• One grower at the farmer's market in the alley near my work recently started selling a crop of chocolate peppers. I've had some moderate success using them as an ingredient, but am looking for tips... with them and they were very good; but recently I tried to incorporate them into a simple rice and eggplant dish and they didn't flavor the dish very well at all. I'm wondering if pre-roasting them ahead of time might have made them a better ingredient or if perhaps some other technique could have made them more worth including. What sorts of preparation techniques or ingredient combinations would

  • is I bring 3.5 coffee mugs of water to a boil with 1.5 tsp of salt and some oil to prevent sticking to the pot. Note I am not using a rice cooker. Then I add 1.5 coffee mugs of rice and reduce the fire just down to where only very small 2-3 bubbles are coming at a time. That gets my white Basmati to perfection. I used 5 mugs of water with brown rice, the rice finally got necessary tenderness but also was mushy. I understand that brown rice is much better for you but the biggest reason I am so much in love with Basmati is the texture, long grain and being able to cook it yet each grain

  • When I buy apples at the market, they always feel sticky. When I buy apples at the supermarkt they feel smooth. When I was younger we had an apple tree, and also that apples did not feel sticky in my memories. The apples taste fine, but no matter how good I wash them, they keep feeling sticky, like there used to be coating of stickers on them. Is there a reason for this? And should I clean them with a towel after washing? (The only way I can get them less sticky) I assume there is nothing wrong with the apples? I live in the Netherlands, if that matters.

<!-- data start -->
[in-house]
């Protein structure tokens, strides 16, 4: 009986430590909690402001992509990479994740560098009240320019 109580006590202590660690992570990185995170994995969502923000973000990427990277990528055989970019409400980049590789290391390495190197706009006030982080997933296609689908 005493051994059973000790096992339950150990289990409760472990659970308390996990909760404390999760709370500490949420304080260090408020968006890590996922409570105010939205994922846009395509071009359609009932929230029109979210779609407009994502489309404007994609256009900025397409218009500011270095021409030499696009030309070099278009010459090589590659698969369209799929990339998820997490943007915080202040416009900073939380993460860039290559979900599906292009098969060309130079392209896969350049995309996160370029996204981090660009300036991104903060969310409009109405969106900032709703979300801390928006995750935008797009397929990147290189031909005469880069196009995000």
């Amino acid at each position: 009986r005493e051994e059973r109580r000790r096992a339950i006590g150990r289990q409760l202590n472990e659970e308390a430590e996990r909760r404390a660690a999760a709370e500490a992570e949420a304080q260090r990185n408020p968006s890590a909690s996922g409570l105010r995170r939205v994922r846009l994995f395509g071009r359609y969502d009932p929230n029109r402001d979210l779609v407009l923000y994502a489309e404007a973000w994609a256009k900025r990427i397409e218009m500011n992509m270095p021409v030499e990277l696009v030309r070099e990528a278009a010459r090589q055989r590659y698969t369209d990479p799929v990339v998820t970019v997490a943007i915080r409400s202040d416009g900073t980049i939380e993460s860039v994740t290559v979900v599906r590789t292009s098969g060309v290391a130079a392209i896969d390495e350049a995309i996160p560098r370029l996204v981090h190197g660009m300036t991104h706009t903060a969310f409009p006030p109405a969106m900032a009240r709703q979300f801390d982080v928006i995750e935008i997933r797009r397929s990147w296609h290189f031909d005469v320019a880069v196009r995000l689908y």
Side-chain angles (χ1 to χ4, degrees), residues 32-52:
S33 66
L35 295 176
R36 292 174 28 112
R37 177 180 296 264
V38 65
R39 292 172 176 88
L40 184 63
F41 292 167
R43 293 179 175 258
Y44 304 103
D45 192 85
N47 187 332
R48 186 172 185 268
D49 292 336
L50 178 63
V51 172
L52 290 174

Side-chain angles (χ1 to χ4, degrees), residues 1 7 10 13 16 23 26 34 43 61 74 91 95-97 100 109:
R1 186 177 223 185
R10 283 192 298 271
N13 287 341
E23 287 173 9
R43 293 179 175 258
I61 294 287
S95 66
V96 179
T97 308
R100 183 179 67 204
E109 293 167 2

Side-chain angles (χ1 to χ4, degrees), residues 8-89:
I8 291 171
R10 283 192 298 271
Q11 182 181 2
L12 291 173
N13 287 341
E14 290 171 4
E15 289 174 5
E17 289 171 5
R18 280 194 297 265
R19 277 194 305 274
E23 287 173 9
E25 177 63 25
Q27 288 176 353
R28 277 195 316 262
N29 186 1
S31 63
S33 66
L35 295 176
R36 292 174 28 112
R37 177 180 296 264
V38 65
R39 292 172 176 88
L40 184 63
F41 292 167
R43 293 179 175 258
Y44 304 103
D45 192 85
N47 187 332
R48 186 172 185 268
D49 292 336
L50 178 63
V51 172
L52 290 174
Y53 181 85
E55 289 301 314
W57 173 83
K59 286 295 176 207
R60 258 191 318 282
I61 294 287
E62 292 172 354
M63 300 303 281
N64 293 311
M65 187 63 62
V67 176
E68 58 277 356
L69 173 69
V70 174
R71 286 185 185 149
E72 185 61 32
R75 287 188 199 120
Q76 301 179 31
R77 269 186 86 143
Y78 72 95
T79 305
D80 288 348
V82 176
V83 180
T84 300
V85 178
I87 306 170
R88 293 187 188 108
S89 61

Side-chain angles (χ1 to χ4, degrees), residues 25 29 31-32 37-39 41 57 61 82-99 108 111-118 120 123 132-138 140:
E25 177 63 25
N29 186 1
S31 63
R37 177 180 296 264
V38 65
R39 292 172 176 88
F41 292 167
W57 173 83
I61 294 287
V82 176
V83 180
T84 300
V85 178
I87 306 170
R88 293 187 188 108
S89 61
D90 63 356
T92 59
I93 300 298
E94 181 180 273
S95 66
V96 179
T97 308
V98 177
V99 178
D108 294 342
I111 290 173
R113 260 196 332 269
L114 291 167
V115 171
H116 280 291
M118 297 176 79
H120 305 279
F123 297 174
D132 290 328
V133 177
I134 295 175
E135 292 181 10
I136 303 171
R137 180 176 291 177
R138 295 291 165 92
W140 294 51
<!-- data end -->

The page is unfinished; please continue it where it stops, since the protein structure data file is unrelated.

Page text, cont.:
• Why is it that every time I steam vegetables while cooking rice my rice cooker ruins the rice? My rice to water ratio is the usual 1:2. My last two attempts included mushy basmati and jasmine rice. Luckily I was able to make rice pudding, but still what am I doing wrong? Thank you!

  • put them at the bottom of the pressure cooker, with a little water and quite a bit of sea salt. After a small cooking time (which I estimated at 5 minutes), the potatoes were cooked just enough and crusted with salt. Now, I have tried that three times myself, and the results were disheartening. The first time, I had put too little water, and burnt the bottom of the potatoes. The second time...I am trying to replicate a recipe that my father-in-law performed once at homeā€¦ well, not much of a recipe, rather a cooking style, as you'll see. The idea is to cook new potatoes (specifically, new

  • Possible Duplicate: Stopping water from bubbling over when cooking rice I am having epic rice-cooker failure here. I measure out the amount of rice suggested by the little cup thingy. I rinse it with a bowl and a strainer until the water is clear while rinsing. Then I put the rice in and fill it to the appropriate line in my Rice Cooker with fresh water. After cooking for a little while, it immediately begins to boil over and nasty bubbles start popping out of the little hole in the top, dumping yucky, sticky water all over the place. The Rice, when all is said and done

Data information